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|Also Known As:||Died:||November 20, 2006|
|Born:||February 20, 1925||Cause of Death:|
|Birth Place:||Kansas City, Missouri, USA||Profession:||Director ...|
Named a Knight of the Legion of Honor in 1996.
After "Popeye", which Altman still refuses to acknowledge was the failure critics labeled it, he changed his style. The master of the ensemble movie, he was often reduced to a cast of five, or two, or even--in the case of his extraordinary Richard Nixon monologue film, "Secret Honor"--just one. The blithe deconstructionist of screenplays, he stuck almost religiously to texts by David Rabe and Harold Pinter. The mixed celebrator/debunker of male camaraderie, he began to focus more on women and gay themes. He went from wide-screen to regular aspect ratio, foggy colors to sharp contours. The Altman of the 80s was often a very different director from the Altman of the 70s: arguably less inventive, but far more exacting, less of a virtuoso, more of a polished craftsman." --Michael Wilmington in Los Angeles Times, November 11, 1990.
"When you can direct great individual scenes, you can end up with some beautiful pearls. Then you can say, 'O.K., put them on a strand'. And you put them on a strand, and something is missing. It's just not a beautiful necklace. Altman is one of the few directors I've worked with who makes beautiful necklaces, not just the pearls." --Jack Lemmon on Altman's style of directing, from Interview, October 1993.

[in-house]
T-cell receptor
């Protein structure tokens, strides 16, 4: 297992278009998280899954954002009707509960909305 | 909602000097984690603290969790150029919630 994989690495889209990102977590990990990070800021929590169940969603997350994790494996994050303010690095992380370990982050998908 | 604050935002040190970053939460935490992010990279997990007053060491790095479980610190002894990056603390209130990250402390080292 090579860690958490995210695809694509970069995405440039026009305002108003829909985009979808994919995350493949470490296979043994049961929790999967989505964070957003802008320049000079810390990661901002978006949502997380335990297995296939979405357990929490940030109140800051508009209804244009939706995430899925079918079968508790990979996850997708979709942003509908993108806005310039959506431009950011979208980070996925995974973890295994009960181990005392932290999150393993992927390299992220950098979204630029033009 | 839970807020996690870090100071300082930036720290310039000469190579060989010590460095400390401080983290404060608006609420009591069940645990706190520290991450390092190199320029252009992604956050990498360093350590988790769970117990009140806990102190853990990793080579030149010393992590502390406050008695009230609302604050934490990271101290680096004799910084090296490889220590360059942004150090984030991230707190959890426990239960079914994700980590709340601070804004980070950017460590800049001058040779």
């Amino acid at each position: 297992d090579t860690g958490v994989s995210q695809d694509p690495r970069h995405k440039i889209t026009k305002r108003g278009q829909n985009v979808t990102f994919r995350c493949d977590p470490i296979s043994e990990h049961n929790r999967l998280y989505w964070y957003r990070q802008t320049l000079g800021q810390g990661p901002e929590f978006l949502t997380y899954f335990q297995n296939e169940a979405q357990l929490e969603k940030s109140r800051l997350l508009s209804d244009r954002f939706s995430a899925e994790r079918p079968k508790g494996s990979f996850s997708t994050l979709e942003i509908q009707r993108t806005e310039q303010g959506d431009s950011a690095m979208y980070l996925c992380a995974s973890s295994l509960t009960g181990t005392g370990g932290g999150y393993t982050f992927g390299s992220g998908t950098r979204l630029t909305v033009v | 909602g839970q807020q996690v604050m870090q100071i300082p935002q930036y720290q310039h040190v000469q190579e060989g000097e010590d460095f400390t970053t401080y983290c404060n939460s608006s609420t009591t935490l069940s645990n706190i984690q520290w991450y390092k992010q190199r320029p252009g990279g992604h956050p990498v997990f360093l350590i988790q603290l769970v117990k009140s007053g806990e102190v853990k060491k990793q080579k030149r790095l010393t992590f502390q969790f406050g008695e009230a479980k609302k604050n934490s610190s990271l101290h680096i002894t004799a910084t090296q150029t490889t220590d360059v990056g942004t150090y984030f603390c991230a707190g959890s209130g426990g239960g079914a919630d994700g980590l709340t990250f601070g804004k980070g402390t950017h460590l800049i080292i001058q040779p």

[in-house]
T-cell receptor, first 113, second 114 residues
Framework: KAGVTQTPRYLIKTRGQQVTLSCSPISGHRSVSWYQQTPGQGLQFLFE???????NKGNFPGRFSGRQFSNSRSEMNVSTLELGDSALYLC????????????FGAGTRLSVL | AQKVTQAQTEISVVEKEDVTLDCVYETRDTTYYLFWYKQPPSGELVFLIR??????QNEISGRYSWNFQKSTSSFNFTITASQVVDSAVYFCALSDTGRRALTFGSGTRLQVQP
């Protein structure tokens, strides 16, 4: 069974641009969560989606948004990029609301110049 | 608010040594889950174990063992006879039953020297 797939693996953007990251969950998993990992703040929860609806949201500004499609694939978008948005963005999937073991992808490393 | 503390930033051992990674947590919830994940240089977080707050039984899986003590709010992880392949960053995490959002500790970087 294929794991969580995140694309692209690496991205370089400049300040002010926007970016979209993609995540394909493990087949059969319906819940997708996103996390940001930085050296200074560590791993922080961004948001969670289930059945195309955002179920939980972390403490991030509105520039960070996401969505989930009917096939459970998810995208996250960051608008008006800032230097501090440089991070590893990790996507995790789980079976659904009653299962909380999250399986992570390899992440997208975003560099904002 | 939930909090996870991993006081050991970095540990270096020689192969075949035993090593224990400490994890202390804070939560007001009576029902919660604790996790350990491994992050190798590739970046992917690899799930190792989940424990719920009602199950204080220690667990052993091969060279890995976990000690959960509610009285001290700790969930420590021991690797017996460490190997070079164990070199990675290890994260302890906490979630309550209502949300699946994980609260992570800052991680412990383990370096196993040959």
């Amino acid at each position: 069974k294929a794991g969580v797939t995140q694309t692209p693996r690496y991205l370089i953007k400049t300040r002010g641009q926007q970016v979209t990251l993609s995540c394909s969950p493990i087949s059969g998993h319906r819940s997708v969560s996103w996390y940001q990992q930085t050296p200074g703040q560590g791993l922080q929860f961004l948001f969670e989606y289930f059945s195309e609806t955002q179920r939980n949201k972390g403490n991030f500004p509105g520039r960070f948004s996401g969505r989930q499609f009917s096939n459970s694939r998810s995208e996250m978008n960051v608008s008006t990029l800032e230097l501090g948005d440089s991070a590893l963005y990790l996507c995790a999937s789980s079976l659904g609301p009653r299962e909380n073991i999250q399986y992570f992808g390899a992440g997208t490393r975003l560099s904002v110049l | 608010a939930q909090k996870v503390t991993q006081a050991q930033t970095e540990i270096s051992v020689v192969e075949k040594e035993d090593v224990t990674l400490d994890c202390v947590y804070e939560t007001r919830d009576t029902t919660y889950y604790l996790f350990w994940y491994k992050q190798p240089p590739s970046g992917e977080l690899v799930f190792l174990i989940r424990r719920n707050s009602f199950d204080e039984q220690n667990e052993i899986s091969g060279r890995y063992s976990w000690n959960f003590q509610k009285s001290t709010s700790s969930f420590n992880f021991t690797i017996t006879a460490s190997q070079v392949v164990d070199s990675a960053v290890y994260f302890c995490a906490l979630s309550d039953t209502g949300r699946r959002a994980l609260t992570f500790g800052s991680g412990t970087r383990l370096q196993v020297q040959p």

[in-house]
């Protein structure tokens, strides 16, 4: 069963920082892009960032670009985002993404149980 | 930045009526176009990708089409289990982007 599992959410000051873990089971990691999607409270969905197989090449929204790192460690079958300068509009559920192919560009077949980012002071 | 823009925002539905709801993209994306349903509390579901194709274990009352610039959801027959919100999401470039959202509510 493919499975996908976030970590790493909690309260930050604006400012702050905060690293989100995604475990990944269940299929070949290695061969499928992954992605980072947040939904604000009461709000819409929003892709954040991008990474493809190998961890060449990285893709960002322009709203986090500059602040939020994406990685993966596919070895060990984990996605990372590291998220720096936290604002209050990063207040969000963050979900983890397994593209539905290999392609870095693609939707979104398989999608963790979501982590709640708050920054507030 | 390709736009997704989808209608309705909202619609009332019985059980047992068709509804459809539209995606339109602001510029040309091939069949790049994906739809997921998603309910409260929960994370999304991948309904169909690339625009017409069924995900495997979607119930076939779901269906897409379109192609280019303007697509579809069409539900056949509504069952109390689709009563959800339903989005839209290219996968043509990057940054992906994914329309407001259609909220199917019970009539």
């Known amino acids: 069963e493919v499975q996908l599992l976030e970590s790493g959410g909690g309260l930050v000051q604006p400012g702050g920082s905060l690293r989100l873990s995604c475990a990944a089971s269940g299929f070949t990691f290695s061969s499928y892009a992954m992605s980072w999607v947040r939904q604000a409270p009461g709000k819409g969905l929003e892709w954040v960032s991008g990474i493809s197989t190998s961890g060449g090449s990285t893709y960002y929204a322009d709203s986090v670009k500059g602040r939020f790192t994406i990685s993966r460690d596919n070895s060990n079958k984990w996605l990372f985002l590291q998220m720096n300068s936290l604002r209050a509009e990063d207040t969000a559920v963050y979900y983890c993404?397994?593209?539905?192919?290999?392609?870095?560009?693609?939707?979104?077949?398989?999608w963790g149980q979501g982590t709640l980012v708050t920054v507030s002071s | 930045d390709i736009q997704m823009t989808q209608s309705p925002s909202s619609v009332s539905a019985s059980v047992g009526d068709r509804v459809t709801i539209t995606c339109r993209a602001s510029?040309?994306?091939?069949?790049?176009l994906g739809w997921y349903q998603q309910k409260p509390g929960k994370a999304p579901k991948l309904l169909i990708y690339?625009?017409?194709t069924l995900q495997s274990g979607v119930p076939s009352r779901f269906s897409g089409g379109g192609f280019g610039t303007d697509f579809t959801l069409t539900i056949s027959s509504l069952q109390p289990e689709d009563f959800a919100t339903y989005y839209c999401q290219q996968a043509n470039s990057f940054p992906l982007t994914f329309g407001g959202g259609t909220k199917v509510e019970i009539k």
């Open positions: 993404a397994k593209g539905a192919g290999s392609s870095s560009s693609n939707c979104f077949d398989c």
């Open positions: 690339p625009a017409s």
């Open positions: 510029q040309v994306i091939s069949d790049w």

On Hollywood studio executives, Altman was quoted in The Hollywood Reporter (January 9, 2002): "I don't think I know any of their names. They make shoes, I make gloves."
"If there is any aspect of Robert Altman's work that fascinated me more than any other, it is his grasp of visual narrative. He has the eye of a choreographer grafted onto the brain of a dramatist, the heart of a dancer and the soul of a poet. So, he can steer the audience through incredibly complicated scenes, in which many different actors all have their own agenda and yet, somehow, and I don't know how, make it all perfectly clear on the screen. Part of this comes from a genuine love of, and respect for, actors. This is, believe me, rare among directors and as a result the cast all strive to do their best in the certain knowledge that their contribution is being appreciated (it really is) but, even so, how he can throw the camera at five or six different things going on at once without losing the thread of any of them must remain something of a sacred mystery." --"Gosford Park" screenwriter Julian Fellowes at OscarCentral.com.
"I try to give them [actors] confidence and try to earn their trust...and I won't let them make fools out of themselves. In other words, I will protect them so they are not afraid to go over the top."- Altman Entertainment Weekly 2002
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